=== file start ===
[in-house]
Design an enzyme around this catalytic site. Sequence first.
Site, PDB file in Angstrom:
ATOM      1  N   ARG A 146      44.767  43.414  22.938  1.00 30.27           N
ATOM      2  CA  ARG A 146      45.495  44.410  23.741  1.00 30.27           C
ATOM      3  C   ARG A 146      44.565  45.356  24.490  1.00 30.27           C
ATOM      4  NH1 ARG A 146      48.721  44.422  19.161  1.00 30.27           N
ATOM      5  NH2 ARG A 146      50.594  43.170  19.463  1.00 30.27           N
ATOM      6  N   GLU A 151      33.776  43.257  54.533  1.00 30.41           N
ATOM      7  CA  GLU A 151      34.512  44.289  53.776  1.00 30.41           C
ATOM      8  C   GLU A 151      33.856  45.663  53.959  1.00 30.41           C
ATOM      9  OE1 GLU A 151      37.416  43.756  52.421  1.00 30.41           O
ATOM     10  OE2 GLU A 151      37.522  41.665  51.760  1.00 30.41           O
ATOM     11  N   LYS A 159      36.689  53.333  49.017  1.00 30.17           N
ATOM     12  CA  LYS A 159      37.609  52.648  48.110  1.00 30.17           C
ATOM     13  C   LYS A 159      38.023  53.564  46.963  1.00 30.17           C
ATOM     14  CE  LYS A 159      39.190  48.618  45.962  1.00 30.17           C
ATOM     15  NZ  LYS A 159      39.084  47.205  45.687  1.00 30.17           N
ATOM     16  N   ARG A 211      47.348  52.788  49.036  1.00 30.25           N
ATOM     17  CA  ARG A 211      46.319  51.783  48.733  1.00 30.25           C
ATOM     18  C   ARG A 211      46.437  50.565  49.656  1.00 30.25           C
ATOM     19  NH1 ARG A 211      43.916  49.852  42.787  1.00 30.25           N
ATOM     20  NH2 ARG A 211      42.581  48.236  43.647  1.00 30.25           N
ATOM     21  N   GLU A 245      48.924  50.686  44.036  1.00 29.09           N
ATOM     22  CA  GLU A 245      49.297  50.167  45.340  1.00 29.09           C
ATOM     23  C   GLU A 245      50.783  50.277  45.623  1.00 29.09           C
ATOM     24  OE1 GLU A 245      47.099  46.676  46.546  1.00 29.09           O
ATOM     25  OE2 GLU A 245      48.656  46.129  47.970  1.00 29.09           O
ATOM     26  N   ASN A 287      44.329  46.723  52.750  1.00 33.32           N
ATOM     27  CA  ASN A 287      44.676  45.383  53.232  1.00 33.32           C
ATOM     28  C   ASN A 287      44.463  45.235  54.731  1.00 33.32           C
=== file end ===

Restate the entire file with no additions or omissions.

[in-house]
Design an enzyme around this catalytic site. Sequence first.
Site, PDB file in Angstrom:
ATOM      1  N   ARG A 146      44.767  43.414  22.938  1.00 30.27           N
ATOM      2  CA  ARG A 146      45.495  44.410  23.741  1.00 30.27           C
ATOM      3  C   ARG A 146      44.565  45.356  24.490  1.00 30.27           C
ATOM      4  NH1 ARG A 146      48.721  44.422  19.161  1.00 30.27           N
ATOM      5  NH2 ARG A 146      50.594  43.170  19.463  1.00 30.27           N
ATOM      6  N   GLU A 151      33.776  43.257  54.533  1.00 30.41           N
ATOM      7  CA  GLU A 151      34.512  44.289  53.776  1.00 30.41           C
ATOM      8  C   GLU A 151      33.856  45.663  53.959  1.00 30.41           C
ATOM      9  OE1 GLU A 151      37.416  43.756  52.421  1.00 30.41           O
ATOM     10  OE2 GLU A 151      37.522  41.665  51.760  1.00 30.41           O
ATOM     11  N   LYS A 159      36.689  53.333  49.017  1.00 30.17           N
ATOM     12  CA  LYS A 159      37.609  52.648  48.110  1.00 30.17           C
ATOM     13  C   LYS A 159      38.023  53.564  46.963  1.00 30.17           C
ATOM     14  CE  LYS A 159      39.190  48.618  45.962  1.00 30.17           C
ATOM     15  NZ  LYS A 159      39.084  47.205  45.687  1.00 30.17           N
ATOM     16  N   ARG A 211      47.348  52.788  49.036  1.00 30.25           N
ATOM     17  CA  ARG A 211      46.319  51.783  48.733  1.00 30.25           C
ATOM     18  C   ARG A 211      46.437  50.565  49.656  1.00 30.25           C
ATOM     19  NH1 ARG A 211      43.916  49.852  42.787  1.00 30.25           N
ATOM     20  NH2 ARG A 211      42.581  48.236  43.647  1.00 30.25           N
ATOM     21  N   GLU A 245      48.924  50.686  44.036  1.00 29.09           N
ATOM     22  CA  GLU A 245      49.297  50.167  45.340  1.00 29.09           C
ATOM     23  C   GLU A 245      50.783  50.277  45.623  1.00 29.09           C
ATOM     24  OE1 GLU A 245      47.099  46.676  46.546  1.00 29.09           O
ATOM     25  OE2 GLU A 245      48.656  46.129  47.970  1.00 29.09           O
ATOM     26  N   ASN A 287      44.329  46.723  52.750  1.00 33.32           N
ATOM     27  CA  ASN A 287      44.676  45.383  53.232  1.00 33.32           C
ATOM     28  C   ASN A 287      44.463  45.235  54.731  1.00 33.32           C